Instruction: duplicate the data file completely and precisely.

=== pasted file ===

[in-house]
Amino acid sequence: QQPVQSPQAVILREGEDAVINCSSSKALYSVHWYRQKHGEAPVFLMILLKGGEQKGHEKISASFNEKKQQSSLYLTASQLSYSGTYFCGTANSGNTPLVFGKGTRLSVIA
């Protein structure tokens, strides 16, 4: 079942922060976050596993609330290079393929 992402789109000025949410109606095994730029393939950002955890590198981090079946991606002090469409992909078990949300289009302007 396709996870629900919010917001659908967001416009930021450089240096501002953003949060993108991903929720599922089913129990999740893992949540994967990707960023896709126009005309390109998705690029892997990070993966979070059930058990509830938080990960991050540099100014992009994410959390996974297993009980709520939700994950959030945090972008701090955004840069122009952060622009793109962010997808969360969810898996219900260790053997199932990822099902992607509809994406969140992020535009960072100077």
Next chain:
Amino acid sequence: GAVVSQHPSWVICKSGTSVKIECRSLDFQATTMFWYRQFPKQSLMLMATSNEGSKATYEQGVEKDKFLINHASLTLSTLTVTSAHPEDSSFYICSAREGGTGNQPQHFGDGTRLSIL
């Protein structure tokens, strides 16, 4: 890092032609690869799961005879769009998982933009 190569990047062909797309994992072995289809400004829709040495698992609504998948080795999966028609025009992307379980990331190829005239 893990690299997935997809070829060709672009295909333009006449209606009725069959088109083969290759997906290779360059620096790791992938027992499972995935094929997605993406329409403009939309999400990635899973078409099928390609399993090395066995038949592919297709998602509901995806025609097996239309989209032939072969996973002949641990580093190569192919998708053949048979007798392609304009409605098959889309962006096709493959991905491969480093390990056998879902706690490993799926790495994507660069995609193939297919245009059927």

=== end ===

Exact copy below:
[in-house]
Amino acid sequence: QQPVQSPQAVILREGEDAVINCSSSKALYSVHWYRQKHGEAPVFLMILLKGGEQKGHEKISASFNEKKQQSSLYLTASQLSYSGTYFCGTANSGNTPLVFGKGTRLSVIA
């Protein structure tokens, strides 16, 4: 079942922060976050596993609330290079393929 992402789109000025949410109606095994730029393939950002955890590198981090079946991606002090469409992909078990949300289009302007 396709996870629900919010917001659908967001416009930021450089240096501002953003949060993108991903929720599922089913129990999740893992949540994967990707960023896709126009005309390109998705690029892997990070993966979070059930058990509830938080990960991050540099100014992009994410959390996974297993009980709520939700994950959030945090972008701090955004840069122009952060622009793109962010997808969360969810898996219900260790053997199932990822099902992607509809994406969140992020535009960072100077």
Next chain:
Amino acid sequence: GAVVSQHPSWVICKSGTSVKIECRSLDFQATTMFWYRQFPKQSLMLMATSNEGSKATYEQGVEKDKFLINHASLTLSTLTVTSAHPEDSSFYICSAREGGTGNQPQHFGDGTRLSIL
């Protein structure tokens, strides 16, 4: 890092032609690869799961005879769009998982933009 190569990047062909797309994992072995289809400004829709040495698992609504998948080795999966028609025009992307379980990331190829005239 893990690299997935997809070829060709672009295909333009006449209606009725069959088109083969290759997906290779360059620096790791992938027992499972995935094929997605993406329409403009939309999400990635899973078409099928390609399993090395066995038949592919297709998602509901995806025609097996239309989209032939072969996973002949641990580093190569192919998708053949048979007798392609304009409605098959889309962006096709493959991905491969480093390990056998879902706690490993799926790495994507660069995609193939297919245009059927």